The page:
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NIH Director says masks on children under 12 ‘is a really smart thing to do’



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By Jenny Goldsberry

National Institutes of Health Director Dr. Francis Collins appeared on Fox News Sunday to talk about how children can avoid contracting the delta variant of COVID-19. Since children under 12 cannot receive the vaccine yet, Collins suggests that they mask up instead.

“This is really a different virus than last year, and everything we learned about COVID a year ago,” Collins said. “You got to sort of hit the reset button on now how we need to react to it.”

As a result, the NIH director suggested children under 12 wear masks at school. “If delta is as contagious as we now know it is, and we want to try to put an end to a very significant uptick right now, wearing masks if you’re under 12 and can’t be vaccinated when you’re in school is a really smart thing to do,” Collins said.

According to the Centers for Disease Control, out of 503,544 deaths just 296 were kids below the age of 12. That’s less than .06%.

However Collins admitted that this strategy is mostly to protect children’s teachers and family members. He called it back “a sacrifice worth making.”

Watch the full segment here.

You can follow Jenny Goldsberry on Twitter @jennyjournalism.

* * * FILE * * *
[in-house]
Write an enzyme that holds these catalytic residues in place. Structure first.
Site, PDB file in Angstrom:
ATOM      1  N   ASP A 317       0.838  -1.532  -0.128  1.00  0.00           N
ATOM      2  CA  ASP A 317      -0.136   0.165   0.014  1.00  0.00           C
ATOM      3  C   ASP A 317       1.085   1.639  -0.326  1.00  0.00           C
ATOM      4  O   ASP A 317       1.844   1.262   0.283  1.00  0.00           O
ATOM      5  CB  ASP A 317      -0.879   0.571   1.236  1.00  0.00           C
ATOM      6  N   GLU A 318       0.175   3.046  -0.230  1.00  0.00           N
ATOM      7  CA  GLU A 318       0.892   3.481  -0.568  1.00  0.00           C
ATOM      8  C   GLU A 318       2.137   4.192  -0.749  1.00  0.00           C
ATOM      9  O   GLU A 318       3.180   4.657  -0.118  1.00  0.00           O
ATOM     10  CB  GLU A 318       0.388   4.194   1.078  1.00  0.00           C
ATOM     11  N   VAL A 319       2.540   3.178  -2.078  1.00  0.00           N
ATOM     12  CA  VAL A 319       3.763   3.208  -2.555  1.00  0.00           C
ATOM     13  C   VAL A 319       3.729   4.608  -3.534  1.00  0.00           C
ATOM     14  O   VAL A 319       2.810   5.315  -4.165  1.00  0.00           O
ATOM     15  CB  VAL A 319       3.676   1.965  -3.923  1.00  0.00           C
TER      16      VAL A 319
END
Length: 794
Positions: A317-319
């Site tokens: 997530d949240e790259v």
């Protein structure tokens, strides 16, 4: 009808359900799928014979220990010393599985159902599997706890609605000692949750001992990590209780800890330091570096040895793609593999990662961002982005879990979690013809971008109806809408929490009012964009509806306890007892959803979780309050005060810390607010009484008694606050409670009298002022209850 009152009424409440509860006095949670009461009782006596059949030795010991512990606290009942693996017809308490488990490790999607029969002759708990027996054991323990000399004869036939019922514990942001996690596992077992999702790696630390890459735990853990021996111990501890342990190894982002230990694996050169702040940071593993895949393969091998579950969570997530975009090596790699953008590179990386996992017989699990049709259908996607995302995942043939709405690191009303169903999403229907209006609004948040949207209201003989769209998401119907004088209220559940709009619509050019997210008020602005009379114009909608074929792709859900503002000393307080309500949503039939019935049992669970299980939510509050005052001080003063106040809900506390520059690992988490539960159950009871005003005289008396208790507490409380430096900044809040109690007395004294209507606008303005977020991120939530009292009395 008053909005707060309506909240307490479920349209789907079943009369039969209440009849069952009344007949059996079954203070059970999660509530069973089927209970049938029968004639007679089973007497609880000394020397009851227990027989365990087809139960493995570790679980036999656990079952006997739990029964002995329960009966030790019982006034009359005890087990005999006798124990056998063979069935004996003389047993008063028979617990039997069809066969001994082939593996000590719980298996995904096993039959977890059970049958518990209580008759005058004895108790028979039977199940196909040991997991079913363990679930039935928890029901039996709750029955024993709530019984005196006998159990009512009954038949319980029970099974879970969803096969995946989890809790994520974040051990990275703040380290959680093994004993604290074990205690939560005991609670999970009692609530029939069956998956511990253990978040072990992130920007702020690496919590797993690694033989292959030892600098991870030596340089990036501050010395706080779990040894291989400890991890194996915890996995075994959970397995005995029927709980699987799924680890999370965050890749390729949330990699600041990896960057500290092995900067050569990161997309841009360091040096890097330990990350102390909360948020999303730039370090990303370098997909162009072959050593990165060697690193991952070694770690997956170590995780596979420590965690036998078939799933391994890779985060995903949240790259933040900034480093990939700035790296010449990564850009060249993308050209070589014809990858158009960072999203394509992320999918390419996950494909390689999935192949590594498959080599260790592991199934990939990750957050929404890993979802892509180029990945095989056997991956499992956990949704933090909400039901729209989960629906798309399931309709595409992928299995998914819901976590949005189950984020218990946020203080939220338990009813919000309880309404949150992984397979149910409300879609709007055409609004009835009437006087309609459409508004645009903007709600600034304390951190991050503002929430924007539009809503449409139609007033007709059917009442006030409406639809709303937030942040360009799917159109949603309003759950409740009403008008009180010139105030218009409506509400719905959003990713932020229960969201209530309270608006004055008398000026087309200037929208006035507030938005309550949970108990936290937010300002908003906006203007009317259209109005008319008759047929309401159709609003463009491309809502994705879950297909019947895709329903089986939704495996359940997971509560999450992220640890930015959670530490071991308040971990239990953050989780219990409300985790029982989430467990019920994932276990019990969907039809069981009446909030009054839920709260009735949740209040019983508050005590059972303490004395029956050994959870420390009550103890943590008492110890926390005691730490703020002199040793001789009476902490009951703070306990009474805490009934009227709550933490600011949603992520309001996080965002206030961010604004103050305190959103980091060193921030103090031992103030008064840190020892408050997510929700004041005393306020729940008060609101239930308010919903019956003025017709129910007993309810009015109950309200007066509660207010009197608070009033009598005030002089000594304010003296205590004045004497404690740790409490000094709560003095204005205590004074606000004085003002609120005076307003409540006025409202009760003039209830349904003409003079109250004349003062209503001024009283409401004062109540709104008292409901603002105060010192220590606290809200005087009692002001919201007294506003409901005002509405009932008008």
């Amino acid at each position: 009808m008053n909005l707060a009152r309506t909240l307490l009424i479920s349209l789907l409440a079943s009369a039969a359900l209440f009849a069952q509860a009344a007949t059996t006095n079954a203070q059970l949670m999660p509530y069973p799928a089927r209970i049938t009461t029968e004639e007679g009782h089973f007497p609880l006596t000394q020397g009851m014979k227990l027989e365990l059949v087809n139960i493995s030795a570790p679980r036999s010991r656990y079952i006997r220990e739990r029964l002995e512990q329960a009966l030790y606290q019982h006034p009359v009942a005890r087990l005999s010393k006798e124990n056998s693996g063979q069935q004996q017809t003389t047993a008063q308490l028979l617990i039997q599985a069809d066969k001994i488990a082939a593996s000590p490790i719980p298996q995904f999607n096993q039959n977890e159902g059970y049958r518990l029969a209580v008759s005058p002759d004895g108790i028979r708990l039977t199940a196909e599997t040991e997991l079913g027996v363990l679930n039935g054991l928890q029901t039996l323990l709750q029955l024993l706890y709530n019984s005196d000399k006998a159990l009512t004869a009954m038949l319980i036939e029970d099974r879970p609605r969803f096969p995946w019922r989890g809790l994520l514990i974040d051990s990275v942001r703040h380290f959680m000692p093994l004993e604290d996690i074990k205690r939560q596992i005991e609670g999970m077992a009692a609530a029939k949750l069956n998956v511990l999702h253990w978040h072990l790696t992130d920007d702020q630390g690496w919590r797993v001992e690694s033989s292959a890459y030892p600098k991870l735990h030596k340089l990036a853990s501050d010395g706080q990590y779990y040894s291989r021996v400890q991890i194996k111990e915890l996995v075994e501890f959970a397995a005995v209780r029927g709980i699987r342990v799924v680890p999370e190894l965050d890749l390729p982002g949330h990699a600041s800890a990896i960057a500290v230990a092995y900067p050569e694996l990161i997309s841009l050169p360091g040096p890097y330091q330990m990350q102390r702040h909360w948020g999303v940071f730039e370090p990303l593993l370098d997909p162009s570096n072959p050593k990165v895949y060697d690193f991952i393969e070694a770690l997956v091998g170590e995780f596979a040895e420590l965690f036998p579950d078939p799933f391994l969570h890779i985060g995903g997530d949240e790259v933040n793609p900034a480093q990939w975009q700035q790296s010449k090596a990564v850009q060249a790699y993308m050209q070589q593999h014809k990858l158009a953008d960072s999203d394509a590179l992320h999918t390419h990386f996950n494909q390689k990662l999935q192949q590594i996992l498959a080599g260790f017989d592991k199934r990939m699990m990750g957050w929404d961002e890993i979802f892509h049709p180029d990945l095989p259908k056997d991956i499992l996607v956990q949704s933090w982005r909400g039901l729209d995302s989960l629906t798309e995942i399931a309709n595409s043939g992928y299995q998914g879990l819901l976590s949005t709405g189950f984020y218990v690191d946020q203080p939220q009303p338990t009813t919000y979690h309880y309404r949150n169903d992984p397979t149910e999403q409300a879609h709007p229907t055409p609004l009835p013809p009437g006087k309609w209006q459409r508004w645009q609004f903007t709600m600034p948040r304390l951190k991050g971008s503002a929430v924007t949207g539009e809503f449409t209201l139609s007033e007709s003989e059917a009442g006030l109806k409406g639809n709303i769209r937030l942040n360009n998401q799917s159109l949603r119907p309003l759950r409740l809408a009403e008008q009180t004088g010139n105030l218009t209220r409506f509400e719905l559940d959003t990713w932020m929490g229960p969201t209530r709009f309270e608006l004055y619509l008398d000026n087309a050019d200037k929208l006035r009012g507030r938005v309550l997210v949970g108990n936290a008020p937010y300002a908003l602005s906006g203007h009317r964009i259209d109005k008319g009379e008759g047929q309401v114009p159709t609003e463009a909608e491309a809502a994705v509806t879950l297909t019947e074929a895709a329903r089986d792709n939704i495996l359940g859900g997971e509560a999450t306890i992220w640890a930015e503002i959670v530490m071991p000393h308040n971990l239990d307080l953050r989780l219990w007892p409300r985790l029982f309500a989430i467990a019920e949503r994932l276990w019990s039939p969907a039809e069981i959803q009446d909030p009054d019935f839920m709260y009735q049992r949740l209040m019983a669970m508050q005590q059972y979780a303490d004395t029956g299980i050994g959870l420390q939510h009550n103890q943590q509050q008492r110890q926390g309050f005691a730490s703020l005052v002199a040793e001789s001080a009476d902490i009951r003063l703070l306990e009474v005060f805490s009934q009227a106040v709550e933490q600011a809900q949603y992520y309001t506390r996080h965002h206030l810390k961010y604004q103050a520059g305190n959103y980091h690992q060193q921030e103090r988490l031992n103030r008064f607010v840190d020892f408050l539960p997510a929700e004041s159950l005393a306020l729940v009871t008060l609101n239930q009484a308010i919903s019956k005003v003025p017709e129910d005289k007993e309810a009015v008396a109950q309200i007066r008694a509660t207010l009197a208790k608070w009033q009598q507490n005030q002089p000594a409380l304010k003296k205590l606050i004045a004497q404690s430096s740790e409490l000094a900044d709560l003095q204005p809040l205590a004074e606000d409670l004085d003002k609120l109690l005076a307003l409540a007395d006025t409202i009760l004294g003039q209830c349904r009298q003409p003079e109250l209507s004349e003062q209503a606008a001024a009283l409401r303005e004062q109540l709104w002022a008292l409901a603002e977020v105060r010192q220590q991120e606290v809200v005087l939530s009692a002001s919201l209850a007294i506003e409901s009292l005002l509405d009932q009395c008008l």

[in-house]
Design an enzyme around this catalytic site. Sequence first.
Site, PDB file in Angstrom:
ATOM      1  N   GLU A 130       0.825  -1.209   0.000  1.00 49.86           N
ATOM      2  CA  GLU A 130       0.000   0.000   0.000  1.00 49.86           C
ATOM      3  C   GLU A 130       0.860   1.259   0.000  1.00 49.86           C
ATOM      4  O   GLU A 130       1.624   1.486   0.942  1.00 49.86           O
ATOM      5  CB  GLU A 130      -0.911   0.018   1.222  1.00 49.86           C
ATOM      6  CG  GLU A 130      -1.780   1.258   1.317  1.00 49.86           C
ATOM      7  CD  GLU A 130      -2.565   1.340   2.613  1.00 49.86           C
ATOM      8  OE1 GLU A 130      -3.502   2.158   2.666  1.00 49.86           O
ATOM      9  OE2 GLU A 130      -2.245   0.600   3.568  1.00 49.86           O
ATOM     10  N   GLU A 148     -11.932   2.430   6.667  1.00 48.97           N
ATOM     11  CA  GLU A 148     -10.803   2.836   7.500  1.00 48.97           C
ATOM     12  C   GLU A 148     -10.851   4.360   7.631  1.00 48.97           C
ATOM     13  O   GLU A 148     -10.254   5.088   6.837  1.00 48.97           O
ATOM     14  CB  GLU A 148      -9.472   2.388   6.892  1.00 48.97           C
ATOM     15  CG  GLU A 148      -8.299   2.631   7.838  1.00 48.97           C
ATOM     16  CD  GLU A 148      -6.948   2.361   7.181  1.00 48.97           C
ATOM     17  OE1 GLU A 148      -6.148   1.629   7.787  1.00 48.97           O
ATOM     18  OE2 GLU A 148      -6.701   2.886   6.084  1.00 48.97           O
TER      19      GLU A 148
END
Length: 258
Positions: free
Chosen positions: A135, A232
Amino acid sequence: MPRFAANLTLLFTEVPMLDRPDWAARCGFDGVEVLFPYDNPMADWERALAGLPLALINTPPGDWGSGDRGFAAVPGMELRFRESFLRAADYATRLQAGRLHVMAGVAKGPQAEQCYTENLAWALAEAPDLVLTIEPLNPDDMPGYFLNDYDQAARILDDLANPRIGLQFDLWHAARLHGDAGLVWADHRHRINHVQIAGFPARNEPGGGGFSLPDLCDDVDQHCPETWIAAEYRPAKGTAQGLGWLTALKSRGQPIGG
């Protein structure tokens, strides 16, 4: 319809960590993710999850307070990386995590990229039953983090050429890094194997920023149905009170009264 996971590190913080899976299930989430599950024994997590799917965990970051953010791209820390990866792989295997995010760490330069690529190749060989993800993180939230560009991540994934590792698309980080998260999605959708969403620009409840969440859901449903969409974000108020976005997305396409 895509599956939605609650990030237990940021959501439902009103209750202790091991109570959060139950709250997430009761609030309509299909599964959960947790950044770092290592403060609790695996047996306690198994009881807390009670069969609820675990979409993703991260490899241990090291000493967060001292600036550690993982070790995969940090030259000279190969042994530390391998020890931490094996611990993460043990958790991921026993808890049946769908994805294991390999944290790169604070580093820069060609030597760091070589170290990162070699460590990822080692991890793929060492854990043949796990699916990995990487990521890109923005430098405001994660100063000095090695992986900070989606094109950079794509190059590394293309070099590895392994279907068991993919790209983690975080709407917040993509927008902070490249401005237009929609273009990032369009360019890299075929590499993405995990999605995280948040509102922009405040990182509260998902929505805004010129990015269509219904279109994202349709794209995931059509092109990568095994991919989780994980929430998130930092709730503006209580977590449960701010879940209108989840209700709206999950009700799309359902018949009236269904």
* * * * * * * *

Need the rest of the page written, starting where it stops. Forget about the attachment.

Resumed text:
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Michigan asks residents to house migrants, enroll children in school and help adults find employment



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Michigan is asking its residents to help with the mess its leadership created and house migrants in their own homes. The state Department of Labor and Economic Development said volunteers who participate must commit for at least 90 days as part of the refugee support program.

In addition to opening up their homes, sponsors are expected to support newly arrived refugees by greeting them at the airport, securing and preparing initial housing, enrolling children in school and helping adults find employment.

“Programs like the Welcome Corps advance the Office of Global Michigan’s mission to make Michigan the home for opportunity for our immigrant, refugee and ethnic communities,” said Poppy Hernandez, Global Michigan Director and Michigan’s Chief Equity and Inclusion Officer. “Expanded refugee resettlement pathways empower more Michiganders to support our state’s growing refugee population and build a more welcoming and inclusive Michigan for all.”

The migrants will come from Cuba, Haiti, Nicaragua and Venezuela, all points of origin where many have been hoping to apply for asylum at the U.S.-Mexico border.

Fox News reports “cities like New York and Chicago have also dealt with issues related to migrants committing crimes, as well as pushback from residents who have voiced anger and concern over the influx. Migrant shelters in those cities have largely been full, forcing officials to come up with ways to safely house the migrants.”

Last year, Massachusetts officials asked residents to open their doors as migrant shelters were full at the time. “Most importantly, if you have an extra room or suite in your home, please consider hosting a family. Housing and shelter is our most pressing need and become a sponsor family,” said Massachusetts Lt. Governor Kim Driscoll.

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